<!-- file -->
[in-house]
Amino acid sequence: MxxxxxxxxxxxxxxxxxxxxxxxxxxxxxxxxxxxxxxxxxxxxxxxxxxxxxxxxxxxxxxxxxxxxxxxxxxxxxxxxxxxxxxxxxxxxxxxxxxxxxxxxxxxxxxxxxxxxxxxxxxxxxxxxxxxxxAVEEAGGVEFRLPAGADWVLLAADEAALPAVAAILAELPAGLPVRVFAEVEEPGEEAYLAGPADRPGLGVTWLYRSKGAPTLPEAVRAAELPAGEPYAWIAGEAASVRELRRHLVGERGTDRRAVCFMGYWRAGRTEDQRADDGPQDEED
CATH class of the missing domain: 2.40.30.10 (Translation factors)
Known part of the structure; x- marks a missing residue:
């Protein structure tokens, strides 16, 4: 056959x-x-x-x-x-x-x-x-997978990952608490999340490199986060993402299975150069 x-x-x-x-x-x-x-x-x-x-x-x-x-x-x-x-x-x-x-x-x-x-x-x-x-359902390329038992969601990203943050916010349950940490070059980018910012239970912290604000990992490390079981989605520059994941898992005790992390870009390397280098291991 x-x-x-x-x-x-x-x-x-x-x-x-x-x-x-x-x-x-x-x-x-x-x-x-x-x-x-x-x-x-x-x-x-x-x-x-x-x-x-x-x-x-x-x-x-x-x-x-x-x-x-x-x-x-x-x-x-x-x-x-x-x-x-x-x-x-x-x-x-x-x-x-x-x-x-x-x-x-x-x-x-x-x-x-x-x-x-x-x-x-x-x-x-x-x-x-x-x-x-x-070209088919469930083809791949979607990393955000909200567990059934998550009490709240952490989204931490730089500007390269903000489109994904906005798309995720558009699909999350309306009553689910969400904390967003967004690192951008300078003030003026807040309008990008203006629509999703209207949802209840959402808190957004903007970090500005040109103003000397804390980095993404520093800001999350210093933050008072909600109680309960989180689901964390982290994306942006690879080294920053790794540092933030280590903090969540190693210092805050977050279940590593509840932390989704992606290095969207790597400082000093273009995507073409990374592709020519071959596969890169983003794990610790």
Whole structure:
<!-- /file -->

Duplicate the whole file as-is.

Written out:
[in-house]
Amino acid sequence: MxxxxxxxxxxxxxxxxxxxxxxxxxxxxxxxxxxxxxxxxxxxxxxxxxxxxxxxxxxxxxxxxxxxxxxxxxxxxxxxxxxxxxxxxxxxxxxxxxxxxxxxxxxxxxxxxxxxxxxxxxxxxxxxxxxxxxAVEEAGGVEFRLPAGADWVLLAADEAALPAVAAILAELPAGLPVRVFAEVEEPGEEAYLAGPADRPGLGVTWLYRSKGAPTLPEAVRAAELPAGEPYAWIAGEAASVRELRRHLVGERGTDRRAVCFMGYWRAGRTEDQRADDGPQDEED
CATH class of the missing domain: 2.40.30.10 (Translation factors)
Known part of the structure; x- marks a missing residue:
């Protein structure tokens, strides 16, 4: 056959x-x-x-x-x-x-x-x-997978990952608490999340490199986060993402299975150069 x-x-x-x-x-x-x-x-x-x-x-x-x-x-x-x-x-x-x-x-x-x-x-x-x-359902390329038992969601990203943050916010349950940490070059980018910012239970912290604000990992490390079981989605520059994941898992005790992390870009390397280098291991 x-x-x-x-x-x-x-x-x-x-x-x-x-x-x-x-x-x-x-x-x-x-x-x-x-x-x-x-x-x-x-x-x-x-x-x-x-x-x-x-x-x-x-x-x-x-x-x-x-x-x-x-x-x-x-x-x-x-x-x-x-x-x-x-x-x-x-x-x-x-x-x-x-x-x-x-x-x-x-x-x-x-x-x-x-x-x-x-x-x-x-x-x-x-x-x-x-x-x-x-070209088919469930083809791949979607990393955000909200567990059934998550009490709240952490989204931490730089500007390269903000489109994904906005798309995720558009699909999350309306009553689910969400904390967003967004690192951008300078003030003026807040309008990008203006629509999703209207949802209840959402808190957004903007970090500005040109103003000397804390980095993404520093800001999350210093933050008072909600109680309960989180689901964390982290994306942006690879080294920053790794540092933030280590903090969540190693210092805050977050279940590593509840932390989704992606290095969207790597400082000093273009995507073409990374592709020519071959596969890169983003794990610790």
Whole structure: